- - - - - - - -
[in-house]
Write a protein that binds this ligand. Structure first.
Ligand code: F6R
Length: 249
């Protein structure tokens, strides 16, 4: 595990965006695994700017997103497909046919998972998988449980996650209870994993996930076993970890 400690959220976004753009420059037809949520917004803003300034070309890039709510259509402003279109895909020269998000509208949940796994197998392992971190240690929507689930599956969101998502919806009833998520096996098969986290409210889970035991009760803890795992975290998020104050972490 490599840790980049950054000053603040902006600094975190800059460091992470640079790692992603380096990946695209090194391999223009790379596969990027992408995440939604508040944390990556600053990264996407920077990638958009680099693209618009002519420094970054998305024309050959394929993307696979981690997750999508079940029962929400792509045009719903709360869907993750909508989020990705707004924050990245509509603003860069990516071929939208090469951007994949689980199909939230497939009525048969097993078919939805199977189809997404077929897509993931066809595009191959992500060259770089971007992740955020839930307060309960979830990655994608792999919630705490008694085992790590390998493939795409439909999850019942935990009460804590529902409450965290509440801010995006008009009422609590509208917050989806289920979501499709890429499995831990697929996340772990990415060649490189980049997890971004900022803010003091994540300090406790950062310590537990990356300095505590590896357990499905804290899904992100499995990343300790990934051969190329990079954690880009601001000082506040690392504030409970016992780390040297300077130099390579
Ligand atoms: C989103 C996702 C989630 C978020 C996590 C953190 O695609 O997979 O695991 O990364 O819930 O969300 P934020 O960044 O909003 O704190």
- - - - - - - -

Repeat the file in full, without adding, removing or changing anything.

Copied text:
[in-house]
Write a protein that binds this ligand. Structure first.
Ligand code: F6R
Length: 249
């Protein structure tokens, strides 16, 4: 595990965006695994700017997103497909046919998972998988449980996650209870994993996930076993970890 400690959220976004753009420059037809949520917004803003300034070309890039709510259509402003279109895909020269998000509208949940796994197998392992971190240690929507689930599956969101998502919806009833998520096996098969986290409210889970035991009760803890795992975290998020104050972490 490599840790980049950054000053603040902006600094975190800059460091992470640079790692992603380096990946695209090194391999223009790379596969990027992408995440939604508040944390990556600053990264996407920077990638958009680099693209618009002519420094970054998305024309050959394929993307696979981690997750999508079940029962929400792509045009719903709360869907993750909508989020990705707004924050990245509509603003860069990516071929939208090469951007994949689980199909939230497939009525048969097993078919939805199977189809997404077929897509993931066809595009191959992500060259770089971007992740955020839930307060309960979830990655994608792999919630705490008694085992790590390998493939795409439909999850019942935990009460804590529902409450965290509440801010995006008009009422609590509208917050989806289920979501499709890429499995831990697929996340772990990415060649490189980049997890971004900022803010003091994540300090406790950062310590537990990356300095505590590896357990499905804290899904992100499995990343300790990934051969190329990079954690880009601001000082506040690392504030409970016992780390040297300077130099390579
Ligand atoms: C989103 C996702 C989630 C978020 C996590 C953190 O695609 O997979 O695991 O990364 O819930 O969300 P934020 O960044 O909003 O704190």